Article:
Between the countless wedding websites out there along with all of the magazines and blogs and more, there are hundreds of pieces of advice for engaged couples. Plenty of this advice is wrong and/or contradictory. The reason for this is just about anyone can start a blog, and almost no one googles the name of the authors. For instance, how would you react if you found out that a magazine editor actually had no experience in the wedding industry and was a full time yoga instructor? Would you still take wedding planning advice from them? Probably not. Try to only read a few articles here and there and make sure the sources are reputable.
6. Invest in a “Month Of” Coordinator
Not everyone can afford a wedding planner and full planning services, and some people even if they could, would rather handle most of it on their own. In these cases, the best investment to make, is a “Month Of” Coordinator (MOC). While the term “day of” gets thrown around a lot, that is actually incorrect. To put it simply, if a planner showed up on the day of the wedding and didn’t prep the month beforehand, they will know nothing more than your cousin, three times removed, who is attending the wedding. A “MOC” will work with your venue and vendors the month leading up to the wedding to construct a comprehensive timeline for the day and handle all of the logistics. They will also be the point person for all of these vendors and be there on the day of to handle the details. It’s a less expensive alternative for those that cannot budget for full planning, and will give you, your fiance and your guests the change to enjoy themselves.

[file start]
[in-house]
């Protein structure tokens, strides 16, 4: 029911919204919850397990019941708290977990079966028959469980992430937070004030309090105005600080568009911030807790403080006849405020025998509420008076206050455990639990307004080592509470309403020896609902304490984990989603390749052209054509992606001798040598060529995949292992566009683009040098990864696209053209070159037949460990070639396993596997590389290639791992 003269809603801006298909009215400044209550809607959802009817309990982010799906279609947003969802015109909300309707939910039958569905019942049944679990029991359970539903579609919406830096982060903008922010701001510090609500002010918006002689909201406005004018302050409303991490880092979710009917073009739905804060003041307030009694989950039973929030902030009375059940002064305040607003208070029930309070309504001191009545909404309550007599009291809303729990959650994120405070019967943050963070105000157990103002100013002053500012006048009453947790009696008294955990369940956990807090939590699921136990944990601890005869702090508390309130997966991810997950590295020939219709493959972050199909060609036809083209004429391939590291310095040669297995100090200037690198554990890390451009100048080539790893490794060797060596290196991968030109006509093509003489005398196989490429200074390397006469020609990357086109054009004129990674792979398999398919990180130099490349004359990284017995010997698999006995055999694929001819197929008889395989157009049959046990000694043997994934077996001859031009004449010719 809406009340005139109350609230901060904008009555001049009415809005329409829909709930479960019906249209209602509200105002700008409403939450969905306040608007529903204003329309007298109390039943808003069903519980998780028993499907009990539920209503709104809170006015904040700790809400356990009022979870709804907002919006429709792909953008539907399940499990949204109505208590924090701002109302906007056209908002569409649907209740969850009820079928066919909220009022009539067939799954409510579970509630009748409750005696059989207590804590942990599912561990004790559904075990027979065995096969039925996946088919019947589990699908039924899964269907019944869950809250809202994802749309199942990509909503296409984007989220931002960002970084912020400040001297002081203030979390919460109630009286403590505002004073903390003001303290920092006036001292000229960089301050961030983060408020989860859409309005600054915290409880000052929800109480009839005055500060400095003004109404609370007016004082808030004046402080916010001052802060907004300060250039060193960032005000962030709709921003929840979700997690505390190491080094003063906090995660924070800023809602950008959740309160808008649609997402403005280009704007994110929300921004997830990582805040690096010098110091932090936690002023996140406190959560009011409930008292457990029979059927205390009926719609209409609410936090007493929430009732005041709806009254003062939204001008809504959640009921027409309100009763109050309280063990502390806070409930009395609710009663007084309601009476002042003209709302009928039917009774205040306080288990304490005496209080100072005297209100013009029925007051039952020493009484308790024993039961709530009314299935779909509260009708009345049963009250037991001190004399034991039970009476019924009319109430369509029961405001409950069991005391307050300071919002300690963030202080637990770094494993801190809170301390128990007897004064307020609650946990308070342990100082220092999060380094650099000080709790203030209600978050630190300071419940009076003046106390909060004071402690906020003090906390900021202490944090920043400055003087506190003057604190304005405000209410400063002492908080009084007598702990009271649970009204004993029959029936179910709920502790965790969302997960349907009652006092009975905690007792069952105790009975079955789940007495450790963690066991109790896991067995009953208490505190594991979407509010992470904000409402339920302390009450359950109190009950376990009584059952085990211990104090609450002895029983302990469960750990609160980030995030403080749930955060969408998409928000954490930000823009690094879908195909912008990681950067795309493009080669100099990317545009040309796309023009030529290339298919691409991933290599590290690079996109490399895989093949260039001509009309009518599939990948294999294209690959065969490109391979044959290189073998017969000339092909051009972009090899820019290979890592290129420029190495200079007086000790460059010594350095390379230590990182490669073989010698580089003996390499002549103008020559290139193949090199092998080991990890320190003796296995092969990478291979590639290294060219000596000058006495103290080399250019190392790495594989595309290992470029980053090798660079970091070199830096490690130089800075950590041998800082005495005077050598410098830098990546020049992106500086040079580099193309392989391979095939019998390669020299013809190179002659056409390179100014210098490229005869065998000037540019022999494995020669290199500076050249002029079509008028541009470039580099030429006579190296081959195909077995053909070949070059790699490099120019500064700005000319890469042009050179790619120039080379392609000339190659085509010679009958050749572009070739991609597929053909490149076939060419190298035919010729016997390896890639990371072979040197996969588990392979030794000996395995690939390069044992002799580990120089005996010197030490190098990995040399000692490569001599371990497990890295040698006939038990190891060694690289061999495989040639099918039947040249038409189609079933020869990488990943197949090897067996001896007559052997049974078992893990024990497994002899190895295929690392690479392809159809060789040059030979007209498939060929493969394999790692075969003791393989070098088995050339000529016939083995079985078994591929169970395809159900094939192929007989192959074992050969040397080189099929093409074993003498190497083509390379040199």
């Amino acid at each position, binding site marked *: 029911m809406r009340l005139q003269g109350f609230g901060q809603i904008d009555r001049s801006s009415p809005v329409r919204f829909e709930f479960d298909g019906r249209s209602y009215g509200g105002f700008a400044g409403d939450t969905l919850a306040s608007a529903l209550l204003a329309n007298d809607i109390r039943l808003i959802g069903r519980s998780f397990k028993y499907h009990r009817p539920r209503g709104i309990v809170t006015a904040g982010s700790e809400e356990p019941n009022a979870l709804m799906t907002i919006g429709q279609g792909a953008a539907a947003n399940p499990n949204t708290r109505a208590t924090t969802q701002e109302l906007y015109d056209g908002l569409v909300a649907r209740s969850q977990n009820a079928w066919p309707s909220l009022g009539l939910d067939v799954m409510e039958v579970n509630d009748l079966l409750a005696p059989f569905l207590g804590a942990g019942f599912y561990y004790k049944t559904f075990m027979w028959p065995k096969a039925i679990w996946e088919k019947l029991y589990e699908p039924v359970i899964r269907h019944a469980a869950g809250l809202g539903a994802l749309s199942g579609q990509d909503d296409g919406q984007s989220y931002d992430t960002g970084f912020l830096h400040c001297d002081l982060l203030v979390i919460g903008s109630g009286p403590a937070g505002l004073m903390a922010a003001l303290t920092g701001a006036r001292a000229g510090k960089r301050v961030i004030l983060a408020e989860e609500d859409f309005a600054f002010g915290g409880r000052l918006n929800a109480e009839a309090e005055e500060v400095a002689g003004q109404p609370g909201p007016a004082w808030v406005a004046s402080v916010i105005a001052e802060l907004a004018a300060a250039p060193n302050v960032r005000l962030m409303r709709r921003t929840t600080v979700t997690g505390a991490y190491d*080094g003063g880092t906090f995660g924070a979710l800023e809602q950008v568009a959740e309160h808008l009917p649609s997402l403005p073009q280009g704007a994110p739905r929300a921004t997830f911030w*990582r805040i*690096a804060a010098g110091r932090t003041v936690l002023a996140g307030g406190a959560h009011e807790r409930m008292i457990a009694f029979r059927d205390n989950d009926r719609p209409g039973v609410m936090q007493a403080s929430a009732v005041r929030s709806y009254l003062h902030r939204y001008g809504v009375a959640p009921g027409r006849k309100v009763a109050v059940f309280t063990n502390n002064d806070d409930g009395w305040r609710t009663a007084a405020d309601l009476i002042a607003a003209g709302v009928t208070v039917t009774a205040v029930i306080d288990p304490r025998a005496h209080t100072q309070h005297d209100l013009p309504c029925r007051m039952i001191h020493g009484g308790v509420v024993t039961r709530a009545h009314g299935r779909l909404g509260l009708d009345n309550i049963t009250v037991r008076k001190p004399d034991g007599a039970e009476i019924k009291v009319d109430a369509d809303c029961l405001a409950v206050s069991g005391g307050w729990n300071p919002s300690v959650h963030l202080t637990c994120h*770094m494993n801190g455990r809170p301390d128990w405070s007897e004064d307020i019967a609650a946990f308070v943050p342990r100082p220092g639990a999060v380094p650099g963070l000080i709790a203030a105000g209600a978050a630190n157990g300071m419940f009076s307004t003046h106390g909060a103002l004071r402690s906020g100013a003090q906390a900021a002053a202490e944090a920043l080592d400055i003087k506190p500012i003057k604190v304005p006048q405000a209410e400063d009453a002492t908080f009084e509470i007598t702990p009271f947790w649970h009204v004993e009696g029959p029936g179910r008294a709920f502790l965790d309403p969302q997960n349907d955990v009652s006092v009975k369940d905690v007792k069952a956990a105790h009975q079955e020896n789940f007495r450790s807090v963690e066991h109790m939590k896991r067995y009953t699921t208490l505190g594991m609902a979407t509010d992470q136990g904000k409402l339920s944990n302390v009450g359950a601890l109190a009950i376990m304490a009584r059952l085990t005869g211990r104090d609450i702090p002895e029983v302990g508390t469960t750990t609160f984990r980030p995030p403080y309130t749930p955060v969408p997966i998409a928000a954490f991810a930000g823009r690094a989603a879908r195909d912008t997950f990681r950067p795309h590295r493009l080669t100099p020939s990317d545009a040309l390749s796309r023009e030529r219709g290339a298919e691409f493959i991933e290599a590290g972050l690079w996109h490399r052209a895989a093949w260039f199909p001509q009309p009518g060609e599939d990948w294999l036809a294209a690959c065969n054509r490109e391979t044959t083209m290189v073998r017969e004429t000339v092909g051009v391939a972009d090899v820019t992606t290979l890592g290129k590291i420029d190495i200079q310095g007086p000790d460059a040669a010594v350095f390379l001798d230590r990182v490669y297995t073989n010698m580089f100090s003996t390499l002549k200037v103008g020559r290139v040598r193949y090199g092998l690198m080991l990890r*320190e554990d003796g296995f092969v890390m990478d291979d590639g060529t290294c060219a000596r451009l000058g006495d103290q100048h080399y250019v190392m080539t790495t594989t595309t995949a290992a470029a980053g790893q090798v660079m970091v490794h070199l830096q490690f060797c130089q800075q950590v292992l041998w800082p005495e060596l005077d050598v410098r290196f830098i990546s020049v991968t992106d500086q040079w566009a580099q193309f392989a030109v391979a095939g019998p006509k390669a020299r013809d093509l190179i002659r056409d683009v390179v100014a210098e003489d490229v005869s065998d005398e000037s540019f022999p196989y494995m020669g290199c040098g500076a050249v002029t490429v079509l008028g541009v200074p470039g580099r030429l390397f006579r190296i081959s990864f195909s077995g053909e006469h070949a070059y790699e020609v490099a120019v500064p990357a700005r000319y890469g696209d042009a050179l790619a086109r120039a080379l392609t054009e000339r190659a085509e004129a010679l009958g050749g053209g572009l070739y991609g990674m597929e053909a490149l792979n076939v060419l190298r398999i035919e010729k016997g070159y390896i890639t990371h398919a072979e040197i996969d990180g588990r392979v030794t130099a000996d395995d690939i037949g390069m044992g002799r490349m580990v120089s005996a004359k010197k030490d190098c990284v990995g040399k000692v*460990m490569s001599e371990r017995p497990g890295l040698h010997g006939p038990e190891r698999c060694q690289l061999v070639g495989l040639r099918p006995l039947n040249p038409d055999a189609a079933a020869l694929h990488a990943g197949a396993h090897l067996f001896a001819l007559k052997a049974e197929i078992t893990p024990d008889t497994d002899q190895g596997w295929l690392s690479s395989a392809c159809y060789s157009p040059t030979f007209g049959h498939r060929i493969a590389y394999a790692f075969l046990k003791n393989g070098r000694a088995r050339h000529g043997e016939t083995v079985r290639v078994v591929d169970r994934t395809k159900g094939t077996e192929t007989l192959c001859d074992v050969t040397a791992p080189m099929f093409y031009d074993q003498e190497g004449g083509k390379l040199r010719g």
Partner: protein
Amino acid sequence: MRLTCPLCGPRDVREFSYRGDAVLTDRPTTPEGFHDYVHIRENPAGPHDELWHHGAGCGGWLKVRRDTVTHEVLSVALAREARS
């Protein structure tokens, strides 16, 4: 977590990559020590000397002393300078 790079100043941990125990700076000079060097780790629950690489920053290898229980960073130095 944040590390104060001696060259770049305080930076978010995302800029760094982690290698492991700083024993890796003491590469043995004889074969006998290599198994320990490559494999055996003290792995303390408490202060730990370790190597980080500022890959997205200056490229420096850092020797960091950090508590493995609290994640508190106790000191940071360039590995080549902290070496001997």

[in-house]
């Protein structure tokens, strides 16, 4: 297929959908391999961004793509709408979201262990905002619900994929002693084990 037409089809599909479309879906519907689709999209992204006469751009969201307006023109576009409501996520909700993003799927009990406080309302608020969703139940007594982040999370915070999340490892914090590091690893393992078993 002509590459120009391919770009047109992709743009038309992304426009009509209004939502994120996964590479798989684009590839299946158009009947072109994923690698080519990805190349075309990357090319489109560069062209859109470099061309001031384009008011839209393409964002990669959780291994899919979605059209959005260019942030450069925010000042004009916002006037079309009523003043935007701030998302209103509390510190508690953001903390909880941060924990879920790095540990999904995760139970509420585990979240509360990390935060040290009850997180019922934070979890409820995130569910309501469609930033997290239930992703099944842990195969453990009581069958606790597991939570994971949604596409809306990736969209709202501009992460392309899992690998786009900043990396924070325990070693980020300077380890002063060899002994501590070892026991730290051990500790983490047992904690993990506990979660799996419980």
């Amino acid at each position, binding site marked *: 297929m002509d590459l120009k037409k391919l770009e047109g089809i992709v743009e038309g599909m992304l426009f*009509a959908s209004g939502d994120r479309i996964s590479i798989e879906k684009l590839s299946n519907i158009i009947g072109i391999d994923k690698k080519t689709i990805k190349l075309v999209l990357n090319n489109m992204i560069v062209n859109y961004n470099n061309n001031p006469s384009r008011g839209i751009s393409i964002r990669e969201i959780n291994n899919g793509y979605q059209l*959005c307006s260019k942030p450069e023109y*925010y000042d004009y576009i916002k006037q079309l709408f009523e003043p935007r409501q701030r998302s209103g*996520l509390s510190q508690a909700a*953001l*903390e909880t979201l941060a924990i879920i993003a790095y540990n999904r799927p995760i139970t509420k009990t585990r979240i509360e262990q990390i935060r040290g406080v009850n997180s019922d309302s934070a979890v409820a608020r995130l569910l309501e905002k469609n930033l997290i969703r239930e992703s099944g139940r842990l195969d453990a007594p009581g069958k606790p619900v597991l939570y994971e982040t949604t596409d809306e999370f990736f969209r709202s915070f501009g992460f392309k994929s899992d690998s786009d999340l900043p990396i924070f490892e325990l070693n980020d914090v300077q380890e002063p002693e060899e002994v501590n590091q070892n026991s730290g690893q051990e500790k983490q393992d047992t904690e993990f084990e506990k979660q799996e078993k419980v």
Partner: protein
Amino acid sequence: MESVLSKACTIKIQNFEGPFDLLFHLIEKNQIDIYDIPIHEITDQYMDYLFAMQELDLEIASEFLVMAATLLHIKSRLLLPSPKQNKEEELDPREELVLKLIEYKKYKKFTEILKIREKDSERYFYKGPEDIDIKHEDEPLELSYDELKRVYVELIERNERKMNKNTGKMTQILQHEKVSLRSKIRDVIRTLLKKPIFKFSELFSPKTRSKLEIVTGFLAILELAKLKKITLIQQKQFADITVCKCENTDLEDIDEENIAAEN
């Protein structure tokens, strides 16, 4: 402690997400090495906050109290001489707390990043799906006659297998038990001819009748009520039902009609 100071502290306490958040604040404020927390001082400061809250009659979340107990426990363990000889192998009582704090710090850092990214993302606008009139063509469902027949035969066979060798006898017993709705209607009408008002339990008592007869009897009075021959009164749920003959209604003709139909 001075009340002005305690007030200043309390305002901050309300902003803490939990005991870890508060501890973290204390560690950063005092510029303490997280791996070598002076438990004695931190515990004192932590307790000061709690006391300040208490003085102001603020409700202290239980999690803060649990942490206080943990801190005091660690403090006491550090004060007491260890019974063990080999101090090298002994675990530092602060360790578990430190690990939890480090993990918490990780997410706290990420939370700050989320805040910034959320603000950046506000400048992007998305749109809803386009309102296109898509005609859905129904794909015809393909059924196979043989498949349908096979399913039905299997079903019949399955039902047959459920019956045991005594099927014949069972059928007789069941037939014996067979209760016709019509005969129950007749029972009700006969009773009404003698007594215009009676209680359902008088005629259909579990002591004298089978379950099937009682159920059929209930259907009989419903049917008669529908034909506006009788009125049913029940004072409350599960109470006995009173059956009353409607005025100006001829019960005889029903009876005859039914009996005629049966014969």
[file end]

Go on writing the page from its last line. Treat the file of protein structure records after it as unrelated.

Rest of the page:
7. Don’t Assume Anything about Flowers and Decor
The most popular article that pops up for couples planning their wedding revolves around flowers and decor. One of the biggest myths that is still perpetuated is that you should only use seasonal flowers to keep your costs down. Well, peonies are in season for about 10 seconds between May-June, depending on your location or where they are sourced from. I can tell you that they are expensive when they are in season and when they are not in season. Also, if a flower is in season locally, but it will cost the wholesale provider that the florist uses less to get it from outside of the country, then that’s where they will get it from. Therefore, this demand for “in season” flowers, is not even needed. Another tip I see (that isn’t helpful or true) is to limit or eliminate flowers completely and use alternatives such as floating candles to cut down on costs. This might not save you anything depending on the containers and pieces that a designer would have to bring in.
8. Barns, Lofts, Farms, Private Estates….Will Not Save You Money